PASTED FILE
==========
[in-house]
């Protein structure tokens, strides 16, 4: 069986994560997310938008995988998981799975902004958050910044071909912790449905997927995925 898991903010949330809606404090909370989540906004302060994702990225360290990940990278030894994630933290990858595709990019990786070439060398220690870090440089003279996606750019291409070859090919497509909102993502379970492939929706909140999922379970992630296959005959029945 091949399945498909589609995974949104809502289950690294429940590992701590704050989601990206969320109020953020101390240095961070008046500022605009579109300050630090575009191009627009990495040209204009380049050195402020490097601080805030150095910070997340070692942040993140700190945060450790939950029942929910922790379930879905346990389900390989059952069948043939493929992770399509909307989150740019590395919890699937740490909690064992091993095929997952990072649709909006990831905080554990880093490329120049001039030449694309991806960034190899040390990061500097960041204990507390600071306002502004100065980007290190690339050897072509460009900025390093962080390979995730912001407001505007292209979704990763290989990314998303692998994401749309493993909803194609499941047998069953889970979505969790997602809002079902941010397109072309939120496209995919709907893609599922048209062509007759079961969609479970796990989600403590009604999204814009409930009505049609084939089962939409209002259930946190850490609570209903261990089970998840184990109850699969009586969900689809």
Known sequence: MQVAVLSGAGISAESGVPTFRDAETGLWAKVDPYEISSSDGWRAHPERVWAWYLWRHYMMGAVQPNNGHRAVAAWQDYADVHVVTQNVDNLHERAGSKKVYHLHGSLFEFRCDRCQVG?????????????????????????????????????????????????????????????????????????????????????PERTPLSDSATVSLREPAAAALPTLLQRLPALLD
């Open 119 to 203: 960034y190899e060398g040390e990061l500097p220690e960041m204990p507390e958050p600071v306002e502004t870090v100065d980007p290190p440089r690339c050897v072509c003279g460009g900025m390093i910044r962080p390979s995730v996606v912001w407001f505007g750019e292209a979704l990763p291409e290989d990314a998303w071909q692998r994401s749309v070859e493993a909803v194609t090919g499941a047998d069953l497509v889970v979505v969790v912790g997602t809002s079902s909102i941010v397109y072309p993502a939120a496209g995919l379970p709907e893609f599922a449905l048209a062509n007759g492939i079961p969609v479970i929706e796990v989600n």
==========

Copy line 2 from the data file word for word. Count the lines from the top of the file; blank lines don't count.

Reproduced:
């Protein structure tokens, strides 16, 4: 069986994560997310938008995988998981799975902004958050910044071909912790449905997927995925 898991903010949330809606404090909370989540906004302060994702990225360290990940990278030894994630933290990858595709990019990786070439060398220690870090440089003279996606750019291409070859090919497509909102993502379970492939929706909140999922379970992630296959005959029945 091949399945498909589609995974949104809502289950690294429940590992701590704050989601990206969320109020953020101390240095961070008046500022605009579109300050630090575009191009627009990495040209204009380049050195402020490097601080805030150095910070997340070692942040993140700190945060450790939950029942929910922790379930879905346990389900390989059952069948043939493929992770399509909307989150740019590395919890699937740490909690064992091993095929997952990072649709909006990831905080554990880093490329120049001039030449694309991806960034190899040390990061500097960041204990507390600071306002502004100065980007290190690339050897072509460009900025390093962080390979995730912001407001505007292209979704990763290989990314998303692998994401749309493993909803194609499941047998069953889970979505969790997602809002079902941010397109072309939120496209995919709907893609599922048209062509007759079961969609479970796990989600403590009604999204814009409930009505049609084939089962939409209002259930946190850490609570209903261990089970998840184990109850699969009586969900689809």